The sooner Johnson leaves the stage, the better

Published by The i paper (25th July 2022)

When Boris Johnson visited an army base in Yorkshire last week, the message he was sending could not have been more explicit if he had spray-painted it on the walls of Rishi Sunak’s nearby manor house. The prime minister dressed up in military camouflage fatigues, squinted down an anti-tank missile launcher, posed with a machine gun and hurled a hand grenade as he met Ukrainian troops being trained in this country. Here was the man of action in his deluded mind, full of vitality and a player on the world stage, gunning for his former chancellor that he believes betrayed him and still an explosive presence in British politics.

Never mind that the nation sees him as a lame duck prime minister, a sleazy and selfish politician forced to resign after his reign was overwhelmed by the torrent of lies and scandal washing over Downing Street. Johnson is the only prime minister of modern times fired by his own ministers as they abandoned his government on grounds he was unfit for office. It was utterly predictable that his career would crash in flames, given his previous behaviour. He will go down in history books as the man who won a massive majority thanks to the double whammy of Brexit and his dreadful opponent, then blew his chance of greatness due to character defects and catastrophic misjudgements that exposed an elitist contempt for his fellow citizens.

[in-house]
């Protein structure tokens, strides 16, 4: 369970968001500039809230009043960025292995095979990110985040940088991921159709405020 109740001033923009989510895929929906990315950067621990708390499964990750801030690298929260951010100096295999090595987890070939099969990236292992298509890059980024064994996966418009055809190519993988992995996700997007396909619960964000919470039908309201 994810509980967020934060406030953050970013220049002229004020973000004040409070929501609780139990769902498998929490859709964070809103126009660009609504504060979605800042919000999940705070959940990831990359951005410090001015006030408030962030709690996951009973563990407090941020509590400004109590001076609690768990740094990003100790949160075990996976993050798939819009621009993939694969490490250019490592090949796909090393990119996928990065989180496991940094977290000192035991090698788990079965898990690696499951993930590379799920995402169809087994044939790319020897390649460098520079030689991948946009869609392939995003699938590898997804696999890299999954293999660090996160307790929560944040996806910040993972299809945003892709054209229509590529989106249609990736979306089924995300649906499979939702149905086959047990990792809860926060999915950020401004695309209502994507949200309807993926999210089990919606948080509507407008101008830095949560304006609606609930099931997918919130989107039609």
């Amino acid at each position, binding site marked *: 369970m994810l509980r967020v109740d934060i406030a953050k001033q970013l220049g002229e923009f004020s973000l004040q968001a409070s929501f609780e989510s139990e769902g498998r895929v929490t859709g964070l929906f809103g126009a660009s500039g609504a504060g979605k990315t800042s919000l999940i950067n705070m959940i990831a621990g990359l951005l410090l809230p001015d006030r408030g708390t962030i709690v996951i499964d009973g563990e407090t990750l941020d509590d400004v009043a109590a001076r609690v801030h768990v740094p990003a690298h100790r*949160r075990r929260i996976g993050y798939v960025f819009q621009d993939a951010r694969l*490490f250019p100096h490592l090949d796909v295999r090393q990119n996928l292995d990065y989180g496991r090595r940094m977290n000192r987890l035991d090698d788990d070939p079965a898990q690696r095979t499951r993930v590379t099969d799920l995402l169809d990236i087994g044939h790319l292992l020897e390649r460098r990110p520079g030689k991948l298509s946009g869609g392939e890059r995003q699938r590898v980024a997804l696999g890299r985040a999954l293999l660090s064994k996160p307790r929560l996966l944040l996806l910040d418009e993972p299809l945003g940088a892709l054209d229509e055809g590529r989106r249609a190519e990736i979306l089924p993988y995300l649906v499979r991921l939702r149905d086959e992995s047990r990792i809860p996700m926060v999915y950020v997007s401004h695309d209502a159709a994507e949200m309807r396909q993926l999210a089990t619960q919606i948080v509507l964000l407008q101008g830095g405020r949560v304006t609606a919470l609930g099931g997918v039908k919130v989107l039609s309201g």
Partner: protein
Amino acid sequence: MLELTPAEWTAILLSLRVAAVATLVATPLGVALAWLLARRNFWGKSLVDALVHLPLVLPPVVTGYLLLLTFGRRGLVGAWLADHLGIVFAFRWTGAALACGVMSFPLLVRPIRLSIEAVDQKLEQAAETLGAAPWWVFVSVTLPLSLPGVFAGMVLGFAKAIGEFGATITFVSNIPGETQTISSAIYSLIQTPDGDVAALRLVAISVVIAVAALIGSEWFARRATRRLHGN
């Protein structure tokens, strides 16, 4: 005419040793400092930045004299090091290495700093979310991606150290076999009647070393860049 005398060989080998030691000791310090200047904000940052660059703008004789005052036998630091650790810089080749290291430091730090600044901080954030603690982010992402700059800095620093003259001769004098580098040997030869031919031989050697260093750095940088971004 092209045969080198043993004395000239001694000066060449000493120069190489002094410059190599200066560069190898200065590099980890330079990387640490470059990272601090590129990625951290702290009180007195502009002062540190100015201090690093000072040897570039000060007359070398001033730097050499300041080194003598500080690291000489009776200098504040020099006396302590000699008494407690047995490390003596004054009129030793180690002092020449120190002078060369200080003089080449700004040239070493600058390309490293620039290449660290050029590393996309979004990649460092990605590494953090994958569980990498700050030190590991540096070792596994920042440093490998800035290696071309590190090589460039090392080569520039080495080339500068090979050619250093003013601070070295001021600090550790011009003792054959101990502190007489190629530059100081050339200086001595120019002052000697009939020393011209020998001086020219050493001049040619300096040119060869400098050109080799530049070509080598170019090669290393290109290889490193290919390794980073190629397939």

Any normal human being would show humility. His time in office will leave scarcely any mark on Britain beyond a political system further stained by scandal, testing the faith of the electorate, and the suppurating wounds of a bungled Brexit being felt so acutely by firms and tourists. The economy is a mess, growth is faltering, inflation surging, strikes escalating and several key public services including health and social care are in crisis. The prime minister clings to Ukraine since this is his one tangible success, although never forget that he previously pandered to Kremlin propaganda by blaming the European Union for Russia’s 2014 attack and then failed to tackle the tide of dirty money laundered in Britain by Vladimir Putin’s pals.

Johnson’s legacy is so toxic that in a debate among five candidates in the race to succeed him, none wanted him in their cabinet. One of the two survivors in this tussle – Sunak – has proclaimed “a national emergency” over the state of the economy, health service and migration, saying he will put the country on “crisis footing” from his first day in office. The other – Liz Truss – says the government must overturn its economic approach, ditch key tax changes and “do things differently.” Clearly, they are trying to carve out a niche by distancing themselves from the man they served so loyally to pose as agents of change – although sadly, both still subscribe to his crass brand of populism by backing the nasty Rwanda migrant scheme. Yet their positions offer a damning indictment of Johnson – along with 12 years of Conservative leadership.